The Church, &c, from near the Club Simla
Photographer: Bourne, Samuel
Medium: Photographic print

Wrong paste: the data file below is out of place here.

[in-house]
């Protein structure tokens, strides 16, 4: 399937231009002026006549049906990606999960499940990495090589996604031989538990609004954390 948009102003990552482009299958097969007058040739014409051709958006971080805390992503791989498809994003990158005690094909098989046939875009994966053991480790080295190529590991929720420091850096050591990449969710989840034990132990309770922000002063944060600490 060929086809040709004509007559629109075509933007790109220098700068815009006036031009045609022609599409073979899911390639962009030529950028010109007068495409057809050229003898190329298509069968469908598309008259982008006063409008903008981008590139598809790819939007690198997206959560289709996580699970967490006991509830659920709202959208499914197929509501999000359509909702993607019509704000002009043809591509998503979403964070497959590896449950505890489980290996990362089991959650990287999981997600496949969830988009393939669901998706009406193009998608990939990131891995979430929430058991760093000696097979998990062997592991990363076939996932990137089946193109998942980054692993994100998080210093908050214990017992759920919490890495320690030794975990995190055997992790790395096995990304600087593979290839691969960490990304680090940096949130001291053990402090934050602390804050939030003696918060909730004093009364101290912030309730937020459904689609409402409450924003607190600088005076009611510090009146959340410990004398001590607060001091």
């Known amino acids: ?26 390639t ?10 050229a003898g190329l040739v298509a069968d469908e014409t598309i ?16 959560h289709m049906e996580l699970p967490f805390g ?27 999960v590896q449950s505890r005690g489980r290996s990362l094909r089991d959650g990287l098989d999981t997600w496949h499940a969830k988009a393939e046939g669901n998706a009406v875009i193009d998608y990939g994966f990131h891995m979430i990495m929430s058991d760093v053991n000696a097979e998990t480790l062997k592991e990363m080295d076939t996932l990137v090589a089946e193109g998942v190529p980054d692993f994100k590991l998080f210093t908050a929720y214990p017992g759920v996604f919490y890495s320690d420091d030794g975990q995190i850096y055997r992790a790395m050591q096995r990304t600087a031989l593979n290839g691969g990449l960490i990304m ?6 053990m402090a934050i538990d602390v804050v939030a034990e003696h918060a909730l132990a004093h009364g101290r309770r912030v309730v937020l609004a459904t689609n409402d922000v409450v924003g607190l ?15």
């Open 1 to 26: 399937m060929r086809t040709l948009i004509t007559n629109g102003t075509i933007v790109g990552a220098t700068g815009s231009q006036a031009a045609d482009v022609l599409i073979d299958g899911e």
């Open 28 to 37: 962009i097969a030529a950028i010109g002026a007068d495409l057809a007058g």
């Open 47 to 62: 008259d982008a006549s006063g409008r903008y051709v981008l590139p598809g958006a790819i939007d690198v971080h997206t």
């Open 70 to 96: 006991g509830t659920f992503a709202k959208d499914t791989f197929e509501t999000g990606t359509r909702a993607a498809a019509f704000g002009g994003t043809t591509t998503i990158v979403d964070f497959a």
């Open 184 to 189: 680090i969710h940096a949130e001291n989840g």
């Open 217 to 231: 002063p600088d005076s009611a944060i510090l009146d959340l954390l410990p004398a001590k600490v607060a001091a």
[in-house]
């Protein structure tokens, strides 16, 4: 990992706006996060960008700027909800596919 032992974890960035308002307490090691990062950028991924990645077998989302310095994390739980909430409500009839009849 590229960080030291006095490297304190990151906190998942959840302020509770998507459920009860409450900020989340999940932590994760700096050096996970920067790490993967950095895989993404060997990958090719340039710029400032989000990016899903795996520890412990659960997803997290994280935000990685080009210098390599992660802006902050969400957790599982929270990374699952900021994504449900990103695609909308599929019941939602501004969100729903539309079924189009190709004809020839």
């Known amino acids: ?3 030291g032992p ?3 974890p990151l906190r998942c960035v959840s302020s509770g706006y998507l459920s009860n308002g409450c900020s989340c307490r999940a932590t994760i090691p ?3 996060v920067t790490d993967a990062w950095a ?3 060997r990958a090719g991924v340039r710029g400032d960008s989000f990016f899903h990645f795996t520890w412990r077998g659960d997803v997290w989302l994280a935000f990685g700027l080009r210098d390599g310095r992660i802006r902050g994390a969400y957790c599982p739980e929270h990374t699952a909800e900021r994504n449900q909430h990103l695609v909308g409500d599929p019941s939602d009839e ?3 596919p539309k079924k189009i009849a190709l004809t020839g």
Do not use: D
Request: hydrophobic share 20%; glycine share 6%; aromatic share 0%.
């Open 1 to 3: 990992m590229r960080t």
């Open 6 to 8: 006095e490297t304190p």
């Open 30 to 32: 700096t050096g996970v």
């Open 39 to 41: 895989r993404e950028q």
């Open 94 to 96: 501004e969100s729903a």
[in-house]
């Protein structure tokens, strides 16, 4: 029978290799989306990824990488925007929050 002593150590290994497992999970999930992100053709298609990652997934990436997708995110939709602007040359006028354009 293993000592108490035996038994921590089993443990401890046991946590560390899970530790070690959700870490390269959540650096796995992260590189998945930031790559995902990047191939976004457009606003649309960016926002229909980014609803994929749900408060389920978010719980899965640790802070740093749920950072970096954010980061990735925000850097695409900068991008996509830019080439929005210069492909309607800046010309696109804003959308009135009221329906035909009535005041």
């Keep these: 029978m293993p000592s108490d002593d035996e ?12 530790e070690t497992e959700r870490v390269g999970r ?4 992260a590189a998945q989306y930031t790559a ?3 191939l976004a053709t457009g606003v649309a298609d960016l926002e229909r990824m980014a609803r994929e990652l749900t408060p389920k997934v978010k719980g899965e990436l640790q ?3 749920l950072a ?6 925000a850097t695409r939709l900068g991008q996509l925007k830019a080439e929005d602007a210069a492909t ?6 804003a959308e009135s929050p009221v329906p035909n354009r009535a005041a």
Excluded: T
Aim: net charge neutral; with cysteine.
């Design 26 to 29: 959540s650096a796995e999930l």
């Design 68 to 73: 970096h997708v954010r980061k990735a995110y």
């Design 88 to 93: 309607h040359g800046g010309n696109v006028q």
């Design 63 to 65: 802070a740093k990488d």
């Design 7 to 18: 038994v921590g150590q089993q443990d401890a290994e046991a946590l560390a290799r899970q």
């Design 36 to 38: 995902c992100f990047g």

Photograph of Simla, Himachal Pradesh, from the Macnabb Collection, taken by Samuel Bourne in 1865. The hill-station of Simla was a popular resort with British residents of India from the 1820s. Simla became the summer capital of British India when the Governor-General began to take his council with him to the hills to escape the intense heat of Calcutta. It is now the capital of the state of Himachal Pradesh. Simla was known as the 'English Convalescent Station' as its climate was conducive to good health and the Military Sanatoria of Kasauli, Sanawar and Sabathu were nearby. This is a view of Simla in the snow looking along the hillside towards Christ Church, designed by Colonel J.T. Boileau and completed in 1857. A large terrace next to the church was a popular place for meetings before and after services and was also the best site in the area for parades due to its size. It had a fresco surrounding its chancel window, designed by Lockwood Kipling, Rudyard Kipling's father.